The adolescent outcome of hyperactive girls: self-report of psychosocial status.
ABSTRACT The aim of the study was to clarify the developmental risk associated with hyperactive behaviour in girls in a longitudinal epidemiological design.
This was investigated in a follow-up study of girls who were identified by parent and teacher ratings in a large community survey of 6- and 7-year-olds as showing pervasive hyperactivity or conduct problems or the comorbid mixture of both problems or neither problem. They were later investigated, at the age of 14 to 16 years, with a detailed self-report interview technique.
Hyperactivity was a risk factor for later development, even allowing for the coexistence of conduct problems. Hyperactivity predicted academic problems and interpersonal relationship problems. Relationships with parents, by contrast, were not portrayed to be as problematic as relationships with peers and the opposite sex. Their psychological, social and occupational functioning was objectively rated to be more deviant and their self-report showed them to be more ambivalent about their future. There was a trend for hyperactivity to be self-reported as a risk for the development of continuing symptomatology but neither hyperactivity nor conduct problems were self-reported to be a risk for antisocial behaviour, substance misuse or low self-esteem in adolescence. However, they were at risk for the development of state anxiety.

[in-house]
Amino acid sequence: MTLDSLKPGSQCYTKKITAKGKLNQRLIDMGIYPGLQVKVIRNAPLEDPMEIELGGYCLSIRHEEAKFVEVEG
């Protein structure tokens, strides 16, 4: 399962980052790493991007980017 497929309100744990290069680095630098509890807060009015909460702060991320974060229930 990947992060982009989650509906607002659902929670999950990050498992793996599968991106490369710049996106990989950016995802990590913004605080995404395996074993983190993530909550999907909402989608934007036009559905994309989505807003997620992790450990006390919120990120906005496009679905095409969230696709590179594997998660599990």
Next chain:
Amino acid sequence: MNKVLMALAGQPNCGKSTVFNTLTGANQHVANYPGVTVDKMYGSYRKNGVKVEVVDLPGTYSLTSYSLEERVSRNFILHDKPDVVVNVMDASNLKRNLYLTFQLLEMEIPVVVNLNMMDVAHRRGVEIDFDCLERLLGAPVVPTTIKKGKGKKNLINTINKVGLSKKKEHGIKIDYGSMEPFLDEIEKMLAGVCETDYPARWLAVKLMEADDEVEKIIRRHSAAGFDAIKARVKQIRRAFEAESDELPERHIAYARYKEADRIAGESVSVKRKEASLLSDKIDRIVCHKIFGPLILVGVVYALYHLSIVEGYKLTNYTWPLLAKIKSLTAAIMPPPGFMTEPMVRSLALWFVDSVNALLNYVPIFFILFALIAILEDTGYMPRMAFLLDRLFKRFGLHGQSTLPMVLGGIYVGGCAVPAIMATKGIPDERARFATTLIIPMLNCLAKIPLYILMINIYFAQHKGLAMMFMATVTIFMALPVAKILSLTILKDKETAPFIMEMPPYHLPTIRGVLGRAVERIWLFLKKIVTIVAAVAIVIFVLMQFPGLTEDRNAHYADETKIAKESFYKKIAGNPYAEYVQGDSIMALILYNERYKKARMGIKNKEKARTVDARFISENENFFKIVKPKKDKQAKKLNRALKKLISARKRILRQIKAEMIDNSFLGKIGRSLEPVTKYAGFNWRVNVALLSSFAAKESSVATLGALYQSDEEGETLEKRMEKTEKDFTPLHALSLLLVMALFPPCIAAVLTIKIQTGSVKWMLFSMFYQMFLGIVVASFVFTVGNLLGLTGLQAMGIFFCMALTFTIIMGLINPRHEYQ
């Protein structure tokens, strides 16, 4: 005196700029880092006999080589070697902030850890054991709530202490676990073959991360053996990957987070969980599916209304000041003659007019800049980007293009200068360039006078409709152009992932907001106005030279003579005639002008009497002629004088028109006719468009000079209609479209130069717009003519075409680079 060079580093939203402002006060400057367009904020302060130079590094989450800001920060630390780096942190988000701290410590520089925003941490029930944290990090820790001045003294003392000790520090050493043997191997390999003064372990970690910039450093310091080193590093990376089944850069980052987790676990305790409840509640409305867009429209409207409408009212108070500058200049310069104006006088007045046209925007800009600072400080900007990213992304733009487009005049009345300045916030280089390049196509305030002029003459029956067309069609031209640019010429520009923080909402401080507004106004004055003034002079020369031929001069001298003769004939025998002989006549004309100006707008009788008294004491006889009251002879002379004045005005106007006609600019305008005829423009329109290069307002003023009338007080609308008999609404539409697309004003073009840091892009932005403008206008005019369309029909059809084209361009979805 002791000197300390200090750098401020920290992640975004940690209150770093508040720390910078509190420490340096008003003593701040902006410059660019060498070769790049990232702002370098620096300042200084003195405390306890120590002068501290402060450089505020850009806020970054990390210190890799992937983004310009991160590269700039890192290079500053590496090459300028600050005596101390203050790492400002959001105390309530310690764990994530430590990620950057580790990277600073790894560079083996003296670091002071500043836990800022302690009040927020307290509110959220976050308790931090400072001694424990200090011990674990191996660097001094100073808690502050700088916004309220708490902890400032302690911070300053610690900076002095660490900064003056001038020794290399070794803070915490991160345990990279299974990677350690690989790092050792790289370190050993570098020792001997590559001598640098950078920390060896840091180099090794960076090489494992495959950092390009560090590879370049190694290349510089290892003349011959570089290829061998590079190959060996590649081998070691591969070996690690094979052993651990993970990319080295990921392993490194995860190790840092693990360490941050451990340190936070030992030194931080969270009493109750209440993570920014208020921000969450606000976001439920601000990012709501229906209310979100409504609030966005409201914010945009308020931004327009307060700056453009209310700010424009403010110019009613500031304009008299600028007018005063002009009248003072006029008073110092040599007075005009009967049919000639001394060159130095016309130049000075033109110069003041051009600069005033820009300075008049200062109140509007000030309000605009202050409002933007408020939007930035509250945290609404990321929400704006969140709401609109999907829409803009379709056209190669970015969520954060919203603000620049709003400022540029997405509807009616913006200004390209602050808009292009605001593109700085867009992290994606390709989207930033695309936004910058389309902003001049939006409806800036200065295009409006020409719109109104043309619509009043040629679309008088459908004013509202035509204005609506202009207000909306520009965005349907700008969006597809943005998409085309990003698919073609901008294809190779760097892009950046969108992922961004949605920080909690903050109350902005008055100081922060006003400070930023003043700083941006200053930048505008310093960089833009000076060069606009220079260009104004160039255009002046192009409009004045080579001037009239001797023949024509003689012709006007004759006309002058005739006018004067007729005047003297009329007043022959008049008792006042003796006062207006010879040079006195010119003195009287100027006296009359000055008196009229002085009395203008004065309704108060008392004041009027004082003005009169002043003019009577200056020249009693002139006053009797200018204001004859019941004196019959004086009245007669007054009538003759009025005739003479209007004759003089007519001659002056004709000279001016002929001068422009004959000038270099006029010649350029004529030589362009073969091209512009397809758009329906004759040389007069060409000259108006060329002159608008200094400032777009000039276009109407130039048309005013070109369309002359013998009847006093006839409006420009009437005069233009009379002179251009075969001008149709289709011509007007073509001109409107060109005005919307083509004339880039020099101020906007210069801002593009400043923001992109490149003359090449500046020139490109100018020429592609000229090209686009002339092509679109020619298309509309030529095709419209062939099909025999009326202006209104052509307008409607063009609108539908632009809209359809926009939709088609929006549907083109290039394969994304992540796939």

The results suggested girls' pattern of functioning may differ from that of boys because girls self-report a more pervasive range of social dysfunction than that previously reported in boys.
Article: Neuroanatomical abnormalities in adolescents with attention-deficit/hyperactivity disorder.[show abstract] [hide abstract]
ABSTRACT: Several neuroanatomic abnormalities have been reported in patients with attention-deficit/hyperactivity disorder (ADHD). However, findings are not always consistent, perhaps because of heterogeneous subject samples. Studying youths with documented familial ADHD provides an opportunity to examine a more homogeneous population. Twenty-four youths with a confirmed history of familial ADHD and 10 control youths underwent high-resolution structural magnetic resonance imaging examinations. Archived magnetic resonance imaging scan data from 12 control youths were included in the analysis to increase statistical power. Individually drawn region-of-interest methods were used to examine the frontal lobe gyri and caudate. Cerebral total tissue was similar between groups. The volumes of the right caudate and right inferior frontal lobe were larger in the ADHD youths compared with the control youths. Data from a subgroup of the ADHD youths suggest that increasing left caudate volume is associated with decreasing functional activation of this region. Because previous studies have focused primarily on younger subjects or used an extended age range, the present results may reflect neurodevelopmental changes specific to late adolescence in familial ADHD.Journal of the American Academy of Child and Adolescent Psychiatry 10/2008; 47(11):1321-8. · 4.98 Impact Factor